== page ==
You probably know someone living with SCD; they may be a child, a teenager or an adult. From time to time they may experience periods of intense bodily pain requiring immediate and appropriate medical attention. Living and coping with the effects of sickle cell disease presents several challenges in every area of life. Yet, despite the difficult and often painful periods of life, I personally know several people living with sickle disease and I am truly inspired by their spirit, zest for life and resilience.
Over the last two decades in Ontario there has been a growing movement among non-profit and charitable organizations, health professionals and community members to improve sickle cell education and awareness within the community and among health professionals. Key objectives of the movement include raising awareness for caring for people with SCD, including adults, providing support for families and advocating for system-wide advancements that will ultimately improve the quality of life for people living with SCD.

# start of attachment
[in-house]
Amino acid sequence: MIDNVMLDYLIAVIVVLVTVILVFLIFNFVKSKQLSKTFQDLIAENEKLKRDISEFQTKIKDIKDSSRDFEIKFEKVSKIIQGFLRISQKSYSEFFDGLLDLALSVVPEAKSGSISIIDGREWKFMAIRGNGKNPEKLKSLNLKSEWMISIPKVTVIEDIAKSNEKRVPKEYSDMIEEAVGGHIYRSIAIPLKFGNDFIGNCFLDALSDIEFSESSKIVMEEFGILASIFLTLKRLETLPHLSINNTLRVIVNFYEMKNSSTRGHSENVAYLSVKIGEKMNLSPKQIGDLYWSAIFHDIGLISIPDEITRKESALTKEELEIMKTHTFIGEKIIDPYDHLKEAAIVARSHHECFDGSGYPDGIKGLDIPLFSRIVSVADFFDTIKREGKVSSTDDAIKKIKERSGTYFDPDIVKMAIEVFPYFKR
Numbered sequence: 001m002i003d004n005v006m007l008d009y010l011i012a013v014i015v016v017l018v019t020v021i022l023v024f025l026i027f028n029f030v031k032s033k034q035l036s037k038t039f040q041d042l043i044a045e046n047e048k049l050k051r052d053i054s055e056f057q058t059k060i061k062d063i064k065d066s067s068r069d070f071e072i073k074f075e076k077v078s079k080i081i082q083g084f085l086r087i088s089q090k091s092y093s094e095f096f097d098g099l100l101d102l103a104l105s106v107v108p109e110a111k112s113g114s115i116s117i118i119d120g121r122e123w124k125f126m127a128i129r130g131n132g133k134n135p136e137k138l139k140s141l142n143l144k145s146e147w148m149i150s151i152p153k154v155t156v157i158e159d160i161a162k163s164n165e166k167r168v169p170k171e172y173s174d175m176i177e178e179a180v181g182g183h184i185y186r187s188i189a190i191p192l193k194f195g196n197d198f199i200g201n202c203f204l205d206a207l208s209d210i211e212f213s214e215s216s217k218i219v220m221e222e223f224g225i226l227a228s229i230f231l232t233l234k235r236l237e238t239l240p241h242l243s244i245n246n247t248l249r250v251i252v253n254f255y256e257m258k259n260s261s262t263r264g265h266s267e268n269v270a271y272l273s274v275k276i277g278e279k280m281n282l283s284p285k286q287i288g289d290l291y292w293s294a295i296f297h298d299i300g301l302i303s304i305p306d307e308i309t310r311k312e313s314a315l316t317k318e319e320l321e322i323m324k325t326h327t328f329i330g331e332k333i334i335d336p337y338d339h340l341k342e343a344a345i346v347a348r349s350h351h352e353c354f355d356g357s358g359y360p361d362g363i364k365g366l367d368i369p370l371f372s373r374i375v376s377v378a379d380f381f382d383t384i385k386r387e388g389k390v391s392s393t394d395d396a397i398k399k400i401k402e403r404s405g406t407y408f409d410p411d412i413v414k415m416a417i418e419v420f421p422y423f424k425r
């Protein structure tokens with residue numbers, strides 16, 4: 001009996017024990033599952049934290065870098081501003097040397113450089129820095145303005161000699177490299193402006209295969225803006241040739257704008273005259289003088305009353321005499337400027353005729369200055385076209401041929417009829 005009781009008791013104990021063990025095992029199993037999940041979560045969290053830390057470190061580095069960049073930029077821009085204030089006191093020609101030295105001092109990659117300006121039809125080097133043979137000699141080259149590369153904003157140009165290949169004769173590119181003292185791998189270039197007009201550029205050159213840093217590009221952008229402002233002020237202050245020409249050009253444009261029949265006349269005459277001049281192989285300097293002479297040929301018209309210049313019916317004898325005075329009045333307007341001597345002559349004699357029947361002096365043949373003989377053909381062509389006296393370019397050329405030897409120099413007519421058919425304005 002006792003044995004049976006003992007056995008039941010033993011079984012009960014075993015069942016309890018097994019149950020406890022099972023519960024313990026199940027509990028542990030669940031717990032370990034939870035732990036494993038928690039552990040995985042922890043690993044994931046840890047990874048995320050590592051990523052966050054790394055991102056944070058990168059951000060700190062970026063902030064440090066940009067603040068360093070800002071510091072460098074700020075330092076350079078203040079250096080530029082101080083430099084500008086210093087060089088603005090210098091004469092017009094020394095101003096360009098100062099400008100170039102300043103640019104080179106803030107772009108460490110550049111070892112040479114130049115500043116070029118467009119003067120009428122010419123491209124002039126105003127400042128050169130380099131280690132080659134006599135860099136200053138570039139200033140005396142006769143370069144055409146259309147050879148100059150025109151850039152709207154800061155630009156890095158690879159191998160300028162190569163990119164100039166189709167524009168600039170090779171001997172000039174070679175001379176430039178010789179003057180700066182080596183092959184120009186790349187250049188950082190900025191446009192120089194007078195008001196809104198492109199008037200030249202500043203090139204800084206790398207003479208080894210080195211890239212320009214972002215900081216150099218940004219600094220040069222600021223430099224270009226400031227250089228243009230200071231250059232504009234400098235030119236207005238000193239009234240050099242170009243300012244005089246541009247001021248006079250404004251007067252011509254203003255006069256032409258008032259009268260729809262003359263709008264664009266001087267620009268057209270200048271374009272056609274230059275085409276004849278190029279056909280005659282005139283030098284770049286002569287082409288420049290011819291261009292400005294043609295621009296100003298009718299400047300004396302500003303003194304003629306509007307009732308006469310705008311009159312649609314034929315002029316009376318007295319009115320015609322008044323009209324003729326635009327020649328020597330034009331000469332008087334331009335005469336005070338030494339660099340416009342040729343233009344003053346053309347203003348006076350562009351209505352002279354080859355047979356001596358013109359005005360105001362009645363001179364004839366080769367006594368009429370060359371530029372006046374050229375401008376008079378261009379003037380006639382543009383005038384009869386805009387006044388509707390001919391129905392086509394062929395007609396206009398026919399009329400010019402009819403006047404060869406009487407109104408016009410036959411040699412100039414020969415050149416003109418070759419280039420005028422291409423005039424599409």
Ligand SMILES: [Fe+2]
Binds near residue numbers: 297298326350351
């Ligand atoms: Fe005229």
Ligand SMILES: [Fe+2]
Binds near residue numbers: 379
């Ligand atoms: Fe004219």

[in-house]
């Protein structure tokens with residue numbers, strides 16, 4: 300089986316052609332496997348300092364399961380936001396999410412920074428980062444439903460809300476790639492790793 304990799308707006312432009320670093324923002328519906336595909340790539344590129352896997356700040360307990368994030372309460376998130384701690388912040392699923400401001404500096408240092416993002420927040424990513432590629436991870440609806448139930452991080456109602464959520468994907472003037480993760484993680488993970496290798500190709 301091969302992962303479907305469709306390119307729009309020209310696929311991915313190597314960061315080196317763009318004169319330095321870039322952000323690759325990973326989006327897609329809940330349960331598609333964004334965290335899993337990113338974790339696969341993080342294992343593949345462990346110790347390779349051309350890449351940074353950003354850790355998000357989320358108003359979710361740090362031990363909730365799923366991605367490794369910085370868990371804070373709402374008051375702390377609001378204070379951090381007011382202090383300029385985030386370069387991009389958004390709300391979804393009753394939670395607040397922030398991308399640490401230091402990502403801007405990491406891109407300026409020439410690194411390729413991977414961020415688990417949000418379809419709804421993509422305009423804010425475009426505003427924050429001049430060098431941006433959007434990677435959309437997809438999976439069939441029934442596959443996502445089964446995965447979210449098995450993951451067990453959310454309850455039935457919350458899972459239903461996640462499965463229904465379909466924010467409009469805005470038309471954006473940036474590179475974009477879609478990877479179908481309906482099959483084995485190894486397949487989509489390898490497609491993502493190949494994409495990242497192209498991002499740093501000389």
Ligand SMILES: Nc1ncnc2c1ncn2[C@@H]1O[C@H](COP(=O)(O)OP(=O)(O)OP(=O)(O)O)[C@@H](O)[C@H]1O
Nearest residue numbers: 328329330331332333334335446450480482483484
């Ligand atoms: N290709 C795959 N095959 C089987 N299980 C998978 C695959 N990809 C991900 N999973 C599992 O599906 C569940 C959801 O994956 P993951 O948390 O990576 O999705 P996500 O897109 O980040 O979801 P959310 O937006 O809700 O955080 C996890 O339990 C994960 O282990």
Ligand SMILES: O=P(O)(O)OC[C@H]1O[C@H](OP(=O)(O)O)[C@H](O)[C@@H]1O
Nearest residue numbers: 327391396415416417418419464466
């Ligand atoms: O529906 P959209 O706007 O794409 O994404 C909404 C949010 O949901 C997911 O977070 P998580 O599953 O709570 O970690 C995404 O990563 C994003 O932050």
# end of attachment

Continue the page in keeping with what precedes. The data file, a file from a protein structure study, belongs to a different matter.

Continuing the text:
Organizations such as the Sickle Cell Association of Ontario, established in 1981, led the charge advocating for sickle cell anemia to be included in Ontario’s new born screening program. That milestone was realized in 2006. Since then about 60 newborn babies are identified in Ontario with full blown SCD each year, and this number is expected to rise.